Using Network Analysis and BIM to Quantify the Impact of Design for Disassembly
Niels De Temmerman
|Published in:||Buildings, July 2018, n. 8, v. 8|
Design for Disassembly (DfD) is a promising design strategy to improve resource efficiency in buildings. To facilitate its application in design and construction practice, specific assessment tools are currently being developed. By reviewing the literature on DfD, including criteria and assessment methods, and with an explorative research approach on simple examples, we have developed a new method called Disassembly Network Analysis (DNA) to quantify the impact of DfD and link it to specific design improvements. The impact of DfD is measured in material flows generated during the disassembly of a building element. The DNA method uses network analysis and Building Information Modeling to deliver information about flows of recovered and lost materials and disassembly time. This paper presents the DNA method and two illustrative examples. Although DNA is still at a preliminary stage of development, it already shows the potential to compare assemblies and supports better-informed decisions during the design process by detecting potential points of improvements regarding waste generation and time needed to disassemble an element.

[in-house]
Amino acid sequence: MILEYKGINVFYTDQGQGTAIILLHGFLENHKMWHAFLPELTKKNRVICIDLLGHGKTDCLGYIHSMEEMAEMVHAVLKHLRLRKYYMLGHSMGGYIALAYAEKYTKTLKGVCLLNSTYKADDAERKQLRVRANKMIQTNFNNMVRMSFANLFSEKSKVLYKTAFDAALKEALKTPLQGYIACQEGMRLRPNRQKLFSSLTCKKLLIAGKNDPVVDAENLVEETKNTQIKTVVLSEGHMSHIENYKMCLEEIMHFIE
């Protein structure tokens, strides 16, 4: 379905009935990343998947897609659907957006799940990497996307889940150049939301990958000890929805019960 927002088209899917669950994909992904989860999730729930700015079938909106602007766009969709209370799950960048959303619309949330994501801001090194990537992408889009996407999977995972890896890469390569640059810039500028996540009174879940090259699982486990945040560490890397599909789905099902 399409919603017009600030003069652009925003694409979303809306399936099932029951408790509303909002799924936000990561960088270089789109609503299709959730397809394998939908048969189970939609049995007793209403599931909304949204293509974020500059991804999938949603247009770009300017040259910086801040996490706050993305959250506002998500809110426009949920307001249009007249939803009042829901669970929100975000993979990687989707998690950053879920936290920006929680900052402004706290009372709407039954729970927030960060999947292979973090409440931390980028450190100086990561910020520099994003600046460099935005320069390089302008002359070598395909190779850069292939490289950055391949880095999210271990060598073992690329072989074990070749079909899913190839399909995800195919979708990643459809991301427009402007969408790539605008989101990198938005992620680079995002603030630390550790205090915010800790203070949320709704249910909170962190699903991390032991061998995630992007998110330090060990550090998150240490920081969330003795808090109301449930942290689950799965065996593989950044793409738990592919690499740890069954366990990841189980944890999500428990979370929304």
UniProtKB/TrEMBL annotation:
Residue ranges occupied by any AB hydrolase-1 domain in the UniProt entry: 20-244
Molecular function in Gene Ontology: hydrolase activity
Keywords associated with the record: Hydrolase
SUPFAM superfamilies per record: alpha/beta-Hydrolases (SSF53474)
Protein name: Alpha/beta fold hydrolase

|Copyright:||© 2018 by the authors; licensee MDPI, Basel, Switzerland.|
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